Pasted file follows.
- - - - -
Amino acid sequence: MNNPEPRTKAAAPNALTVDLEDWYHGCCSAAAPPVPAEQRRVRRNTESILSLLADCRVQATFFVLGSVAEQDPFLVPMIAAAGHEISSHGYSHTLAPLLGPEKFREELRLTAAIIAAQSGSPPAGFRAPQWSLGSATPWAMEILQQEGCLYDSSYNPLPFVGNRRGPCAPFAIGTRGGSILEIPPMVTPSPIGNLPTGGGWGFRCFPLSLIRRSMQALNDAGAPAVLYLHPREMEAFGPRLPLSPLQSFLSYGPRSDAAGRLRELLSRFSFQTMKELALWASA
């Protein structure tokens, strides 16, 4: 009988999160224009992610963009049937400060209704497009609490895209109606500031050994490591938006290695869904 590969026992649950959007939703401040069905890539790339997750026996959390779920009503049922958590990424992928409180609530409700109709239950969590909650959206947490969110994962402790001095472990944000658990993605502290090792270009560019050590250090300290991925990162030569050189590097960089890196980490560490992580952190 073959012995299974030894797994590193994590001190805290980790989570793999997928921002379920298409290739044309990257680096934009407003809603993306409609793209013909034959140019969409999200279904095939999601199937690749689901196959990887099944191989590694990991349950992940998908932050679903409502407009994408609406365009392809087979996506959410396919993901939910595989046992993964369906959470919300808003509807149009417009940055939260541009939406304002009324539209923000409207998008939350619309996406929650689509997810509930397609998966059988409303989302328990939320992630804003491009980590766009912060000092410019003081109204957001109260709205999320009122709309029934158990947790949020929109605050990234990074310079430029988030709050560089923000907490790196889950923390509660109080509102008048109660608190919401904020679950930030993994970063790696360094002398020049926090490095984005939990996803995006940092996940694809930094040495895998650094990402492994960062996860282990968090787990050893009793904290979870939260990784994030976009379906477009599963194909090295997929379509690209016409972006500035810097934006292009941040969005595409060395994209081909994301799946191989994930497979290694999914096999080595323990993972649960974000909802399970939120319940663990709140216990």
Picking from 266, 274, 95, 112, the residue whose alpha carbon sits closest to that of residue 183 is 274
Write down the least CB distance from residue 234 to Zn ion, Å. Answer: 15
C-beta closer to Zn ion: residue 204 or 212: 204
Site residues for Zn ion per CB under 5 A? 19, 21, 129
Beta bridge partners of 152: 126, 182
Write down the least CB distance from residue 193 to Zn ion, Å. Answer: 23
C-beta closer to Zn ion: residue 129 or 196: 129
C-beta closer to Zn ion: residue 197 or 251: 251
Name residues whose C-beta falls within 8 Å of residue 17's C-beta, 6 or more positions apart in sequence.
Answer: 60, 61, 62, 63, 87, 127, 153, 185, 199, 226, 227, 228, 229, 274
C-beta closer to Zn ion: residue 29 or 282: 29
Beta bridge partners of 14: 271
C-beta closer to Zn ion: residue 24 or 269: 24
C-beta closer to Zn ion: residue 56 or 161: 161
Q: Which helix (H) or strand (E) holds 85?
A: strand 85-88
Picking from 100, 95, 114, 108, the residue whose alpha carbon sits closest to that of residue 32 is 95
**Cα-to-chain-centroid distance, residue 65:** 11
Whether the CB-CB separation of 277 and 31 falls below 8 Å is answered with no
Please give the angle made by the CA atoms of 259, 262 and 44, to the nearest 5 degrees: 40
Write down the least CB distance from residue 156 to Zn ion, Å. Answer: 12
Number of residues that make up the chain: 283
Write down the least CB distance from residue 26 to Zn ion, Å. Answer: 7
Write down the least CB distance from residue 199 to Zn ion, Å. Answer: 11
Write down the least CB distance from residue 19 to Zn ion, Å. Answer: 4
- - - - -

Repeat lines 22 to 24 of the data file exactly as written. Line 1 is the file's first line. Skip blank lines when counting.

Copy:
Please give the angle made by the CA atoms of 259, 262 and 44, to the nearest 5 degrees: 40
Write down the least CB distance from residue 156 to Zn ion, Å. Answer: 12
Number of residues that make up the chain: 283